North Korea wants our television: Under Kim Jong-un, TV is pretty grim. But now the Supreme Leader is considering sampling the delights of Top Gear, Tinky Winky and Doctor Who

The decision follows a BBC initiative last year, supported by the Foreign Office, to draw up a list of programmes that the country might consider obtaining

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The Independent Culture

It is the world's most isolated country, a place where the weekly television highlight is It's So Funny, a long-running comedy show in which two uniformed soldiers perform slapstick sketches in between lectures about the greatness of Supreme Leader Kim Jong-un.

Now, however, hope – or at least variety – is at hand for the people of North Korea. After months of negotiations with the British government, the totalitarian dictatorship has finally selected three BBC programmes that the state is willing to consider showing its people: Dr Who, Top Gear and Teletubbies.

"Extensive enquiries have been made about what these three shows involve and if they would be suitable for the [North] Korean people," a Pyongyang insider explained. "Anything too political was not suitable but these are entertainment shows, and one of them is for young children."

The decision follows a BBC initiative last year, supported by the Foreign Office, to draw up a list of programmes that the North Koreans might consider obtaining. At the time, the Foreign Secretary William Hague hailed it as "a good way to improve understanding about the outside world within such a closed society".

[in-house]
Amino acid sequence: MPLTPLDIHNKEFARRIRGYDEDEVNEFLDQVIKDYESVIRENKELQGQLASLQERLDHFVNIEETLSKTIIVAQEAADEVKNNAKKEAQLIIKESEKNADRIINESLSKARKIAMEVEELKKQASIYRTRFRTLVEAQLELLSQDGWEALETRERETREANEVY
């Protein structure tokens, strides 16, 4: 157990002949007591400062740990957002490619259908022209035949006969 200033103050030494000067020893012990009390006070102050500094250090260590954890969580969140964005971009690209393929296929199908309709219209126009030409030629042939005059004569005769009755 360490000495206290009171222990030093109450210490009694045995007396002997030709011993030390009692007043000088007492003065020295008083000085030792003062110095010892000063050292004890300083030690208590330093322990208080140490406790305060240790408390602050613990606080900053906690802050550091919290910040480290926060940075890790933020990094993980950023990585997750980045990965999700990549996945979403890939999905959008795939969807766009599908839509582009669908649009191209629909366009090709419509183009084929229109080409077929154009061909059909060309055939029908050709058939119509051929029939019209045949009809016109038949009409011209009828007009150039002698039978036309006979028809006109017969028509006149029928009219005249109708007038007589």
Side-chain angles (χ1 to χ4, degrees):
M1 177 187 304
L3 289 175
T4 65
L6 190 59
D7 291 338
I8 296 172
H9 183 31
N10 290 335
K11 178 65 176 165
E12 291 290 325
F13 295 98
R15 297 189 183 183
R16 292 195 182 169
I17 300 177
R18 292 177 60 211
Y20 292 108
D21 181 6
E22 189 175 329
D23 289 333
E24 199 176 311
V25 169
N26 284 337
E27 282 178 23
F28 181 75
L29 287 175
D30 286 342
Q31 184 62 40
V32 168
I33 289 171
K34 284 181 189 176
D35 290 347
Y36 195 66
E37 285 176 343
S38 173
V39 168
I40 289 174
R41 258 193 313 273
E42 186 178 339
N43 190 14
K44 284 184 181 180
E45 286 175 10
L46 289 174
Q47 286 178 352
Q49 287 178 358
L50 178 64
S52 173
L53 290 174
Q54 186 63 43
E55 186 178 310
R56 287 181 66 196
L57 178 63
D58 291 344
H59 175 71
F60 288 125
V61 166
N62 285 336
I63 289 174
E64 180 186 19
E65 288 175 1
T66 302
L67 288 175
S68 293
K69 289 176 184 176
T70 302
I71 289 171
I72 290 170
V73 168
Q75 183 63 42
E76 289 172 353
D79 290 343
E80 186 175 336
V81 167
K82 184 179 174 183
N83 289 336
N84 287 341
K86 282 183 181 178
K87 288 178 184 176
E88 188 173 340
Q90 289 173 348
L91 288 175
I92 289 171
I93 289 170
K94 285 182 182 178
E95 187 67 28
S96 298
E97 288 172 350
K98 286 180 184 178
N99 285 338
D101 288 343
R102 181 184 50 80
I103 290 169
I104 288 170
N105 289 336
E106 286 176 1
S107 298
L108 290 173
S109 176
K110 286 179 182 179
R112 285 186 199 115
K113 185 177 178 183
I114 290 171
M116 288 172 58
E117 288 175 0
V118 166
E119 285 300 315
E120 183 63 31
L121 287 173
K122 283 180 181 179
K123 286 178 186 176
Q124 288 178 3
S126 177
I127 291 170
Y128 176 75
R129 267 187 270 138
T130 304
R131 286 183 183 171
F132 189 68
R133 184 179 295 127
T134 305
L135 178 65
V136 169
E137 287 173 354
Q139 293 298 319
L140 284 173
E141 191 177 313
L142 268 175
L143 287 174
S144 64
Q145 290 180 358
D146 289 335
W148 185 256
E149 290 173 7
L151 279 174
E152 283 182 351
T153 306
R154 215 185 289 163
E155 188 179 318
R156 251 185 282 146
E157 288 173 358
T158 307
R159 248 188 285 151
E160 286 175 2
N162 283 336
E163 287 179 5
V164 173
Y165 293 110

Negotiations with the closely controlled state proved tortuous, however. A delegation from the North Korean embassy in London visited the Foreign Office to discuss the proposal, but months were then spent selecting the three shows as worthy of consideration.

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A report has been written on each of them to be sent to Pyongyang. No timescale has been given for when an answer is expected, although the British embassy in the North Korean capital is helping to facilitate contact between the BBC's commercial wing, BBC Worldwide, and local broadcasting authorities.

The BBC would not comment on what shows were chosen or why "until or unless an agreement is concluded". But the Doctor Who Appreciation Society had no doubt the timelord's adventures would prove a hit. "If there are children and young adults in North Korea who like the excitement of science fiction and the ability to tell a different story every week," said leading Whovian Antony Wainer, "they'll like Doctor Who."

The country's state broadcaster, Korean Central Television, is only on air for six and a half hours every night. A third of the output is spent praising the government, while another third extols workers to toil harder for the affection of the Dear Leader. Any UK programmes would likely be edited to ensure the removal of ideologically improper elements.

It was reported last month that male university students are being instructed to get the same haircut as Kim Jong-un, though the claim has no reliable source. But the appearance of those on screen is closely regulated, with television news readers required to have specific haircuts and wear certain colours.

The watching of non-sanctioned programmes is harshly punished. Eighty people were reportedly shot recently for crimes that included being caught with pirated copies of South Korean programmes. Such penalties have failed to dampen demand, however, perhaps explaining the regime's willingness to consider foreign exports and so make its own channels more popular. Many North Koreans store foreign programmes on USB sticks, which can be pulled out and hidden from police if required.